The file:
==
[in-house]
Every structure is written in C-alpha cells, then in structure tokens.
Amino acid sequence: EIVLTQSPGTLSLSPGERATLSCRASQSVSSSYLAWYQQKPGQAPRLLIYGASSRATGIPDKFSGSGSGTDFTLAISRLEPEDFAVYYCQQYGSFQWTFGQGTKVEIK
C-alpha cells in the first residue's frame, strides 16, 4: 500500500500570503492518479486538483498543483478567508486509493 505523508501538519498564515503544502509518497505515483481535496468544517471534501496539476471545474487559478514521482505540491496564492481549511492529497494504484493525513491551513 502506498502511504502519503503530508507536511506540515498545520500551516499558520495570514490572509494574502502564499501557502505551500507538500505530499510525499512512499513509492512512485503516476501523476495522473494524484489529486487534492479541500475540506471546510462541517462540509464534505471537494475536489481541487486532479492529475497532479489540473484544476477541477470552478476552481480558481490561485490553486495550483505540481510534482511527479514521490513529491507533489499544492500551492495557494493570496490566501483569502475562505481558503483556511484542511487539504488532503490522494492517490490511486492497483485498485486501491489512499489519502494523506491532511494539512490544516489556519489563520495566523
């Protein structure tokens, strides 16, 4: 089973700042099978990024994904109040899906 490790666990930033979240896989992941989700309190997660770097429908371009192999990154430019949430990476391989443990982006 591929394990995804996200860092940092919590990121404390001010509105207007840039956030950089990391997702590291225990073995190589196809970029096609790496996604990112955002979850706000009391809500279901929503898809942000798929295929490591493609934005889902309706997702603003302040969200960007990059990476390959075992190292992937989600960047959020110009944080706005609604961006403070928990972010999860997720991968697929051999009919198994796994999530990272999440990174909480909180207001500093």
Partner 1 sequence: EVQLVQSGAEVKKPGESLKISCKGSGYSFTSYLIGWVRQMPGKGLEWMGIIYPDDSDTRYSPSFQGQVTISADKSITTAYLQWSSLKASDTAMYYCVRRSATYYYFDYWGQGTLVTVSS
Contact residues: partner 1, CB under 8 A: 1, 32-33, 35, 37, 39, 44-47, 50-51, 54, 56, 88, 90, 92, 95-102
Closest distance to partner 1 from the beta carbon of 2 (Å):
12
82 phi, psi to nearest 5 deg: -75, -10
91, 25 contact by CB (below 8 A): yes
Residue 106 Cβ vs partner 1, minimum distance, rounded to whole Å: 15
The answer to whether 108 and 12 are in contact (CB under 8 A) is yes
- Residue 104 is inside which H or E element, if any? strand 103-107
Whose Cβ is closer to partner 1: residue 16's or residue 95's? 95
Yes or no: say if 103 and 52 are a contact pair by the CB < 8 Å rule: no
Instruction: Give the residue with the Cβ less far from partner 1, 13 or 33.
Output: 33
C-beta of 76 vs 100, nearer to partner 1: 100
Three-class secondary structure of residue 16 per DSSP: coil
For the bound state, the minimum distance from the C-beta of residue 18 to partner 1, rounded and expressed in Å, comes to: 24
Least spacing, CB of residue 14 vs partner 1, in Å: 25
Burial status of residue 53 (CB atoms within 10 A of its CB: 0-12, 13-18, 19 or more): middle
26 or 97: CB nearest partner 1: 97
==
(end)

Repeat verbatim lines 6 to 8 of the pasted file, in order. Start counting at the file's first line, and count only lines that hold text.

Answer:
Partner 1 sequence: EVQLVQSGAEVKKPGESLKISCKGSGYSFTSYLIGWVRQMPGKGLEWMGIIYPDDSDTRYSPSFQGQVTISADKSITTAYLQWSSLKASDTAMYYCVRRSATYYYFDYWGQGTLVTVSS
Contact residues: partner 1, CB under 8 A: 1, 32-33, 35, 37, 39, 44-47, 50-51, 54, 56, 88, 90, 92, 95-102
Closest distance to partner 1 from the beta carbon of 2 (Å):